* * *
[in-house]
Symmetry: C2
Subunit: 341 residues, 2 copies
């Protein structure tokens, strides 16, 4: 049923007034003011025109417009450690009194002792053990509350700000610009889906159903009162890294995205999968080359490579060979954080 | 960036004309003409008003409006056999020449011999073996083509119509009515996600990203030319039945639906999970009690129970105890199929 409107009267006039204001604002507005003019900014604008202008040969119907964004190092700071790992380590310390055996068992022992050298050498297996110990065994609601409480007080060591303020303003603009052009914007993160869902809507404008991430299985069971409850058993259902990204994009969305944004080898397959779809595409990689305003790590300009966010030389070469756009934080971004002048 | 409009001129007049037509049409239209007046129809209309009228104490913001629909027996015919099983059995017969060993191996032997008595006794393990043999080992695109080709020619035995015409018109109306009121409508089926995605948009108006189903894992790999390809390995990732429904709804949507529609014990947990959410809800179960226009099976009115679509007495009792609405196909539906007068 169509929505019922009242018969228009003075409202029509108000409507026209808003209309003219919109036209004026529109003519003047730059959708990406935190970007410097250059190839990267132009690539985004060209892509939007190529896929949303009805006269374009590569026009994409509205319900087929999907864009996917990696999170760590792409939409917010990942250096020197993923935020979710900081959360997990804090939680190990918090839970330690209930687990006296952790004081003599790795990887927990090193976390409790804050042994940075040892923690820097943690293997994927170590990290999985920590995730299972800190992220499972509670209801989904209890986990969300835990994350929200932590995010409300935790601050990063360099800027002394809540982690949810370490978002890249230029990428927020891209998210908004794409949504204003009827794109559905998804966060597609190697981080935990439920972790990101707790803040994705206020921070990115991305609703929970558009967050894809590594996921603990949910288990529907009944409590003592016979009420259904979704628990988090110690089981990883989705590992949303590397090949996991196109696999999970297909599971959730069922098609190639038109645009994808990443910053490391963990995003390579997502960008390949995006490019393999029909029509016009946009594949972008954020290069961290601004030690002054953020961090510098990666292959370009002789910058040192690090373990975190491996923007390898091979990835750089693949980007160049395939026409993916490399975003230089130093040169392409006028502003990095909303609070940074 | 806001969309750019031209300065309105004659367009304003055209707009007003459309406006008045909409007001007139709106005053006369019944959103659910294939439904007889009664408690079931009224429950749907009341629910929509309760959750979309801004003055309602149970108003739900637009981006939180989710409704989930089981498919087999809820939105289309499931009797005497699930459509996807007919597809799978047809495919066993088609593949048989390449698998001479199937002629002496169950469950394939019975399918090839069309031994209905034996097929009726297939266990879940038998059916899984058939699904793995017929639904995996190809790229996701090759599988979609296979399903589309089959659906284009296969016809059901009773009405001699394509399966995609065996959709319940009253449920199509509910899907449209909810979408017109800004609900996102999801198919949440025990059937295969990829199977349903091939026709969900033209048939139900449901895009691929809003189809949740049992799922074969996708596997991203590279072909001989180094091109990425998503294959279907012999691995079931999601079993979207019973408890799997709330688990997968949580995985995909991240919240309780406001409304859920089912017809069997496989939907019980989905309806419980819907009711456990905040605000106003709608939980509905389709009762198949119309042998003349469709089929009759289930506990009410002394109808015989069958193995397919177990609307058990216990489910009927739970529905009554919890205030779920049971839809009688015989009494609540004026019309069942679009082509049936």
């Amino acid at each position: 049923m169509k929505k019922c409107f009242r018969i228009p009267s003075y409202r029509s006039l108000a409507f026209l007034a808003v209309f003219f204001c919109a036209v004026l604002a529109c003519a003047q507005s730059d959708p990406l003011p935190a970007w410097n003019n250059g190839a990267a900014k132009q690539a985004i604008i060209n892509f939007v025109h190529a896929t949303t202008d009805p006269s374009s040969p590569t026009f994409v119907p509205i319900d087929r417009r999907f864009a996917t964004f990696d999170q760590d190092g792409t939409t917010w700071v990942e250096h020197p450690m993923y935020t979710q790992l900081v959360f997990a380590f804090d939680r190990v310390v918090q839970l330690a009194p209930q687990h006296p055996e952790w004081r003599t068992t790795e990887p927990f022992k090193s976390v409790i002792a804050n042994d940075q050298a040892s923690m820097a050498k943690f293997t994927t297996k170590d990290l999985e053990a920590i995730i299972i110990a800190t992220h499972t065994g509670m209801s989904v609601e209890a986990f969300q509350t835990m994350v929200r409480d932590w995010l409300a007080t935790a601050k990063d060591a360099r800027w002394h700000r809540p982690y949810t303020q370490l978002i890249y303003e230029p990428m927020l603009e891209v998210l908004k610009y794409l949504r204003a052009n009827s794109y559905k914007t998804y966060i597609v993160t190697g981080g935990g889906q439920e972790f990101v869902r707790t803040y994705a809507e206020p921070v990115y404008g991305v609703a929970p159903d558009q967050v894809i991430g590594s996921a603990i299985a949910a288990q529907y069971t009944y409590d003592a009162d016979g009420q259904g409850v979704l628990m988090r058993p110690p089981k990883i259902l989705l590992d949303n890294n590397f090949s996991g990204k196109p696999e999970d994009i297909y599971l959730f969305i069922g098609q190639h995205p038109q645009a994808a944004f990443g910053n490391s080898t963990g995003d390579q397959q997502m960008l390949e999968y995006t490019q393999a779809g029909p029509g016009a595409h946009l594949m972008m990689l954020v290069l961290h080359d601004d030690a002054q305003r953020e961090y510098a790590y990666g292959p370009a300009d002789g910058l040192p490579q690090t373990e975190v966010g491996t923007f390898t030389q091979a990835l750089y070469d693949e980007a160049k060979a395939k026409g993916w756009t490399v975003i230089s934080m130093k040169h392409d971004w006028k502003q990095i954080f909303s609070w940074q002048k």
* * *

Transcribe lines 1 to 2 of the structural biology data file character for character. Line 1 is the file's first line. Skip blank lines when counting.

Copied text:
[in-house]
Symmetry: C2